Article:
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<span style="display:block;position:relative;padding-top:56.25%;" class="rm-shortcode" data-rm-shortcode-id="5f31daf07a652b8d64a093b993ee4e96"><iframe lazy-loadable="true" src="https://www.youtube.com/embed/UjmQeH3vXHI?rel=0" width="100%" height="auto" frameborder="0" scrolling="no" style="position:absolute;top:0;left:0;width:100%;height:100%;"></iframe></span>
Robodolphin doesn't look like a real dolphin, but it doesn't need to in order to train our drone pilots. C.J. Barton / Oklahoma State University / CC BY-ND<p>To build robodolphin, we worked with dolphins trained to "chuff" or sneeze on command to measure spray characteristics. We used high-speed photography to see the dolphins' breath as it moved through the air. Then we conducted high resolution CT scans of a dolphin head and 3D-printed a replica of a nasal passage.</p><p>Now, we have a complete robodolphin and are tweaking its sprays to be nearly identical to the real thing. This will allow us to determine how close we need to get to collect the samples, and therefore, how quiet our drone needs to be.</p>
The replica dolphin blowhole was designed from a scan of a real blowhole passage, and the spray it produces closely matches the real thing. Alvin Ngo, Mitch Ford and CJ Barton / Oklahoma State University / CC BY-ND
A Bit of Practice, Then Into the Wild<p>In the next few months, we will test flights over robodolphin with existing drones to determine the timing and strategy for collection. From there, we will fabricate a low-noise drone that can fly fast enough and with sufficient maneuverability to capture samples from wild dolphins. Like a video game, we will use the visual field data to develop approach trajectories to stay in the visual blindspots.</p><p>We plan to test our drones on a truck-mounted robodolphin moving down a runway, then using a boat to simulate realistic conditions. The next steps will involve ocean testing with dolphins trained for open ocean swimming. These tests will determine if our devices can catch and hold the hormones as the drone flies back to a researcher's boat.</p><p>Finally, we will deploy the system to collect data on wild dolphins. Our first goal is to test resident dolphins – animals that live on the coasts and deal directly with boat and oil industry noise – which will allow us to learn more about stress resulting from human impacts.</p><p>Those samples are a way off, but if all goes well we will have a specially built drone capable of flying long distances and capturing samples undetected in a few years. The samples collected will allow researchers to do better science with impact on the animals they study.</p>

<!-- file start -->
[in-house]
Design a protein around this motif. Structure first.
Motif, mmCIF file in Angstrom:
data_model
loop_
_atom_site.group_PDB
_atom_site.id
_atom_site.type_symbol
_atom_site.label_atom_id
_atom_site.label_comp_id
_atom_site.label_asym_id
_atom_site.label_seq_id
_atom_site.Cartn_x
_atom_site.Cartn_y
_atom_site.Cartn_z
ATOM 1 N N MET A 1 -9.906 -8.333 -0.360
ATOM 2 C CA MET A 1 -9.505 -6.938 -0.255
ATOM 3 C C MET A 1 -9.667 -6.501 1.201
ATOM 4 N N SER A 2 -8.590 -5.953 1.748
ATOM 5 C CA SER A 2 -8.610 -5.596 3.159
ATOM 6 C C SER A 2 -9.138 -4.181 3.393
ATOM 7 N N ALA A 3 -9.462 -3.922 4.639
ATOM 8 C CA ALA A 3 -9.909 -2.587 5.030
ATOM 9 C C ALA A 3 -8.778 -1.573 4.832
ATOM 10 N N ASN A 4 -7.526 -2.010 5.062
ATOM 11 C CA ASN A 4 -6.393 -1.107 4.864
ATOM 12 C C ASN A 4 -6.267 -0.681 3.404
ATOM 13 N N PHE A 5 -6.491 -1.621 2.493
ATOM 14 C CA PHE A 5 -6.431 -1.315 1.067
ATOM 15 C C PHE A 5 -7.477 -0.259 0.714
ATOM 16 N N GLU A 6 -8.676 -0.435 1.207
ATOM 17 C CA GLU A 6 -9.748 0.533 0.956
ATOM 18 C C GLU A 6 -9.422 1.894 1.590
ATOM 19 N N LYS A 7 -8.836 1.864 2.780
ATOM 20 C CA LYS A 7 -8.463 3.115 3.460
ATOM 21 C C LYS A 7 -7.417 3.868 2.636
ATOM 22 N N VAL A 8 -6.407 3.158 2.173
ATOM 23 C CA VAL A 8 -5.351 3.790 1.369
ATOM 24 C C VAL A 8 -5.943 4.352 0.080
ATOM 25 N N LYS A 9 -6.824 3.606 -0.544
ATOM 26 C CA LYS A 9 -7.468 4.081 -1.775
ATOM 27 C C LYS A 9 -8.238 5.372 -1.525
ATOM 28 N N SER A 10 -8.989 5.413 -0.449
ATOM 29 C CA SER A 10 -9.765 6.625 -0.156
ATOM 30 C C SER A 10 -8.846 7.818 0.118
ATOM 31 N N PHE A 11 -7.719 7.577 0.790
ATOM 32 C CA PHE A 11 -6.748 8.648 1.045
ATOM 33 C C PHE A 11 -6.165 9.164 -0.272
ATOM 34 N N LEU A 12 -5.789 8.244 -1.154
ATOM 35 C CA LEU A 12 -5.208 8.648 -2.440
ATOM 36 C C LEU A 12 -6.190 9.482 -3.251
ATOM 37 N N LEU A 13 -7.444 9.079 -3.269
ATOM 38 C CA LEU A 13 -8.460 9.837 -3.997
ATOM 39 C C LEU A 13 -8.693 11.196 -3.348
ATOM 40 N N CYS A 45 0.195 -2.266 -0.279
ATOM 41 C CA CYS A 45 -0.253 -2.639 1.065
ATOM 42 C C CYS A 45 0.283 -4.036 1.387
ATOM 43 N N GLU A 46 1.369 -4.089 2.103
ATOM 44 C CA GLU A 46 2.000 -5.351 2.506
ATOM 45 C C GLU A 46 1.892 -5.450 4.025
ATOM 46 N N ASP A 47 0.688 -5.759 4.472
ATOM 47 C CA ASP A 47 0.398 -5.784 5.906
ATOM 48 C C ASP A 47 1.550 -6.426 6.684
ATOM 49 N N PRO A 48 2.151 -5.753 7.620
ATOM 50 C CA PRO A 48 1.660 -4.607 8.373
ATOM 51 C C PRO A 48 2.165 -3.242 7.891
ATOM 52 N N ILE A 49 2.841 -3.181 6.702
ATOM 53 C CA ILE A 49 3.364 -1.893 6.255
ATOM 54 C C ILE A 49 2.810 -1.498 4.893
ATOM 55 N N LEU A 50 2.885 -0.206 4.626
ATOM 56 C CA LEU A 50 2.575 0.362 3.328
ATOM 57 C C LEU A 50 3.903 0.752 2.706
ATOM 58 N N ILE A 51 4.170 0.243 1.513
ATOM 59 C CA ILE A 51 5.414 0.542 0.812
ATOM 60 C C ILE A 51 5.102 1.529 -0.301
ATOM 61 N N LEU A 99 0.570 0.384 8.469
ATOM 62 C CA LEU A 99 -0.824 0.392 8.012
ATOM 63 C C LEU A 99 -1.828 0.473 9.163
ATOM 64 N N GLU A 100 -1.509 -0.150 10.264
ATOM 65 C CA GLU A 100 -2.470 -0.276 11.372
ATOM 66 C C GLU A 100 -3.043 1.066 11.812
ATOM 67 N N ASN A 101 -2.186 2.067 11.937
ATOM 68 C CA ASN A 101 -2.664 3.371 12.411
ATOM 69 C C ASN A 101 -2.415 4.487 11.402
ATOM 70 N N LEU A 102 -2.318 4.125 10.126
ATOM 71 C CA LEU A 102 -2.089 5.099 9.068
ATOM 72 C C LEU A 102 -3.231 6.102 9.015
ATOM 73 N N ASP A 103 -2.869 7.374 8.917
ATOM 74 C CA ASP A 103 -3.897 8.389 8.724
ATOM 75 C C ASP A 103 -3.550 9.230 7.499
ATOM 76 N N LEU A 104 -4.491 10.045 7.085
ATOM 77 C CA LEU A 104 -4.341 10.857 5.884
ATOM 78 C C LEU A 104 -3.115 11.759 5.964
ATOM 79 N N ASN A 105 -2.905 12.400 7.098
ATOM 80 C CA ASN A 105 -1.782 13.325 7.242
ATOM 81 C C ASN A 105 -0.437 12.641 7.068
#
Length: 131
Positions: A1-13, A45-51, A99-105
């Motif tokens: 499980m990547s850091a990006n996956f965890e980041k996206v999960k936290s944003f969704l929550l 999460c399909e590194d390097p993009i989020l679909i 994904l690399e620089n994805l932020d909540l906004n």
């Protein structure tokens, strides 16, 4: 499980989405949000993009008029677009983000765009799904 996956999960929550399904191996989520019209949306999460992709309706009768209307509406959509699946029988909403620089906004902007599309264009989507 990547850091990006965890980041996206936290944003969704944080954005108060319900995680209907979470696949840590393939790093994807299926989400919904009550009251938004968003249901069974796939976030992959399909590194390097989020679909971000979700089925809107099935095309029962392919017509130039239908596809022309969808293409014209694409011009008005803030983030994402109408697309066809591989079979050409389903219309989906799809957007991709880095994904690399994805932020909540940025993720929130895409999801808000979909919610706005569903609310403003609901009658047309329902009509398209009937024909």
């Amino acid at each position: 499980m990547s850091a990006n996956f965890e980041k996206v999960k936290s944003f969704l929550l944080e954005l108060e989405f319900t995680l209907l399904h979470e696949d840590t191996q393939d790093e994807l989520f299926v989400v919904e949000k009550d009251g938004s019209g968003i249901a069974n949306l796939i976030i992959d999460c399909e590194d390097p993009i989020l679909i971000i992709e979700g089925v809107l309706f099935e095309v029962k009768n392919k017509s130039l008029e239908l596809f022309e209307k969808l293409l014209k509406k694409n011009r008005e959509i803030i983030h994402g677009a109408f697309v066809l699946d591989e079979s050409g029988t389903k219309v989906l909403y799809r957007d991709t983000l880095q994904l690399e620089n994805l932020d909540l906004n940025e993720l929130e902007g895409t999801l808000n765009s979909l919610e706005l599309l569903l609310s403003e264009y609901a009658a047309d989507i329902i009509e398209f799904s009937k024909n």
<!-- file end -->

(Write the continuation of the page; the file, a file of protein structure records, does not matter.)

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Environmental and Health Hazard<p>Experts say e-waste, which is now the world's fastest-growing domestic waste stream, poses serious environmental and health risks.</p><p>Simply throwing away electronic items without ensuring they get properly recycled leads to the loss of key materials such as iron, copper and gold, which can otherwise be recovered and used as primary raw materials to make new equipment, thereby reducing greenhouse gas emissions from extraction and refinement of raw materials.</p><p>Refrigerants found in electronic equipment such as fridge and air conditioners also contribute to global warming. A total of 98 Mt of CO2-equivalents, or about 0.3% of global energy-related emissions, were released into the atmosphere in 2019 from discarded refrigerators and ACs that were not recycled properly, the report said.</p><p>E-waste contains several toxic additives or hazardous substances, such as mercury and brominated flame retardants (BFR), and simply burning it or throwing it away could lead to serious health issues. Several studies have linked unregulated recycling of e-waste to adverse birth outcomes like stillbirth and premature birth, damages to the human brain or nervous system and in some cases hearing loss and heart troubles.</p><p>"Informal and improper e-waste recycling is a major emerging hazard silently affecting our health and that of future generations. One in four children are dying from avoidable environmental exposures," said Maria Neira, director of the Environment, Climate Change and Health Department at the World Health Organization. "One in four children could be saved, if we take action to protect their health and ensure a safe environment."</p>